Tuesday, April 30, 2013

Islam, Terror, and Misinformed Behavior


In the wake of the Boston bombing, many people are again questioning Islam, civil liberties and the limits to freedom.  The surest sign that we have little information is the rapid propagation of conspiracy theories.

The government is behind the bombing, motive unclear.  The tons of bad news reports with false information are passed off as good information the government didn't want us to have. 

Conspiracy theories, any theories, at this early interval are useless.  What little information we have is insufficient to draw strong conclusions about the events surrounding the bombing.

Second there is the inevitable diatribe that it must be the Muslim religion that is to blame.  I'm not exactly sure where this line goes, but the last time I heard it the nation detained (and still detains) people without giving them their constitutional right to a fair and speedy trial.  And before that, 112,000 Americans were detained for no reason other than their ethnicity.  We find ourselves in a dangerous line of thinking when categorically defining a group of people with a shared trait  as enemies of the state.  A state representative has gone so far as to demand we torture the suspect--a shameful misrepresentation of the values this country holds dear.

I personally have been stunned at the ignorance displayed by some of the people advocating for such prejudiced thinking. It is appalling and nearly impossible to pinpoint where exactly these people have gone wrong. The statements start out so categorically false or uninformed that I have trouble following the logic.

What is the big deal though? Well, it isn't some fringe idea in America to spout off prejudiced and uninformed thinking as if it were the gospel truth.  It's a mainstream value to say what you think, and to hell with the consequences because that is what you believe.  More disturbingly it is the egotistical, counter-factual nature of commentary coming from influential figures such as Bill O'Reilly, Sean Hannity, Rush Limbaugh, the New York Post, and most recently the idiotic maneuver at CNN.  If you don't know don't say.  If you think you know, double-check with someone who doesn't agree.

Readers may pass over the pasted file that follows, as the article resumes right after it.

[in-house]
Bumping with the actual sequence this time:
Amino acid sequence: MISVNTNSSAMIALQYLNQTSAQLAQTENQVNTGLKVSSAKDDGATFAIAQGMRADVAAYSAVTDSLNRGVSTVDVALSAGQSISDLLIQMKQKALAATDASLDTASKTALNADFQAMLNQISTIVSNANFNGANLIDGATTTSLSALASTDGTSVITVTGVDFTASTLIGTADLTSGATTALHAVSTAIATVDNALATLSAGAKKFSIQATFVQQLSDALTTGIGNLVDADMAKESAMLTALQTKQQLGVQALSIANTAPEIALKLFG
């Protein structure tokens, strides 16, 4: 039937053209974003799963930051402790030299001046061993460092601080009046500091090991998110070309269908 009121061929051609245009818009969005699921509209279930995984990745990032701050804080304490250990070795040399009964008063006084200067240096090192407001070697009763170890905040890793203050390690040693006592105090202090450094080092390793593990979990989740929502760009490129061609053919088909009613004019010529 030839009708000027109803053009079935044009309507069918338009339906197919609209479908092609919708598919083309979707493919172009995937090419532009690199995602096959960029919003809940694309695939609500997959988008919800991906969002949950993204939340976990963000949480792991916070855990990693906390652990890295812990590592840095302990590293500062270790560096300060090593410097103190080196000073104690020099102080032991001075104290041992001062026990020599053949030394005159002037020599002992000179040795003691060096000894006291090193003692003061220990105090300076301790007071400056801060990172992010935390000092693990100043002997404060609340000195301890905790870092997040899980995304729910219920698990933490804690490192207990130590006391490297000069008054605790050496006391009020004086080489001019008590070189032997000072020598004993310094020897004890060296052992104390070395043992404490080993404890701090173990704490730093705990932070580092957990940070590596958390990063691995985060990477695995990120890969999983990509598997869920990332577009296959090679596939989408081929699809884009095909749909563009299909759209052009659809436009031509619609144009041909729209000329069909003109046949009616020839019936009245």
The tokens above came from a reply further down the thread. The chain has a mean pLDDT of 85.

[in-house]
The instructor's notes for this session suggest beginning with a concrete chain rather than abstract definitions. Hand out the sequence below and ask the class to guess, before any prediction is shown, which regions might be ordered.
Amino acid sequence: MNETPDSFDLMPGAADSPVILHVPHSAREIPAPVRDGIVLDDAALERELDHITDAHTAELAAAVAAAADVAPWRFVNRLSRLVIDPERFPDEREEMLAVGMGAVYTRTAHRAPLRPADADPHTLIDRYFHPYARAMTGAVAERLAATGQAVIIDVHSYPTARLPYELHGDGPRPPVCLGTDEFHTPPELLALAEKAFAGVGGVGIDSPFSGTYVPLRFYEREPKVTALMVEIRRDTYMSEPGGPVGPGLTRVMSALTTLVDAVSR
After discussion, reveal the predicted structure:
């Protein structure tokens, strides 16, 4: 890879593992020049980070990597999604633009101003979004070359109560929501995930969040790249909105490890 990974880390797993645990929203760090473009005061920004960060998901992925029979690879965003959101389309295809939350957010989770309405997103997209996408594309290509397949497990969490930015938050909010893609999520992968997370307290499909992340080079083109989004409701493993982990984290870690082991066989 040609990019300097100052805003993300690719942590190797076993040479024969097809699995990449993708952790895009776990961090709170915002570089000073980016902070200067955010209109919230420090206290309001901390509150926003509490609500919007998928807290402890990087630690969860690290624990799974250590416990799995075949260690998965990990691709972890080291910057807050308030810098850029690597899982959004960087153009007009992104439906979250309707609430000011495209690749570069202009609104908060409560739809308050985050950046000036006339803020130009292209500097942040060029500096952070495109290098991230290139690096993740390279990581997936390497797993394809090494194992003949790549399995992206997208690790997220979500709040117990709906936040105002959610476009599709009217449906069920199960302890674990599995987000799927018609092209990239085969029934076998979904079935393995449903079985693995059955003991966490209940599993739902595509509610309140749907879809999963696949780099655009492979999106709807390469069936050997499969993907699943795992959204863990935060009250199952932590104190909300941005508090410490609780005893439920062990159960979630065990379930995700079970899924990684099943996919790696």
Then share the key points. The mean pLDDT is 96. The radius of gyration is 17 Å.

There are many more culprits. After 9/11 I recall the distinct fear that the nation's majority would be willing to create classes of people based on a perceived threat, and bestow rights disproportionately based on those fears. Tragically, to this day my fears are realized every moment. Enemy combatants and drone strikes are the most prominent examples of circumventing the rule of law in this country.  We have legalized and institutionalized religious discrimination based on safety concerns, and denied people their constitutional rights without cause.

Every tragedy is a shock, and the surest sign of a democracy's strength is its willingness to adhere to the rule of law in the face of adversity. Equality in the eyes of the law, justice through peaceful due process, and humanity toward our greatest threats is how we remain a truly free nation.  Torture, mob rule, and egotism get us nowhere.

Put another way America is great when we do great things and hold ourselves to the highest standards.  Are we fulfilling the vision of the shining city on the hill?

Are we a superpower through military might or moral might? Both for now and in the future we should only be doing one.  We are a strong nation because we embrace our enemies and the higher good with more fervor than we embrace hatred, ignorance, and discord.  We embrace equal protection under the law.

My disappointment with my fellow Americans goes only far enough for me to take their words and ask them to tell their truths openly and honestly.  There is no malice in those I find reprehensible, only the love they seek.  Which sounds preachy, but no returned volleys of retribution restore fractured trusts or heal wounds. We would do well as a nation to remember that military might is good, effective intelligence is great, and peaceful inclusion is the greatest good.

Of course, it is hardest to execute on the last and it is a two-way street.  Kindness is not always met with kindness, that's certainly no excuse for ignorance and prejudice.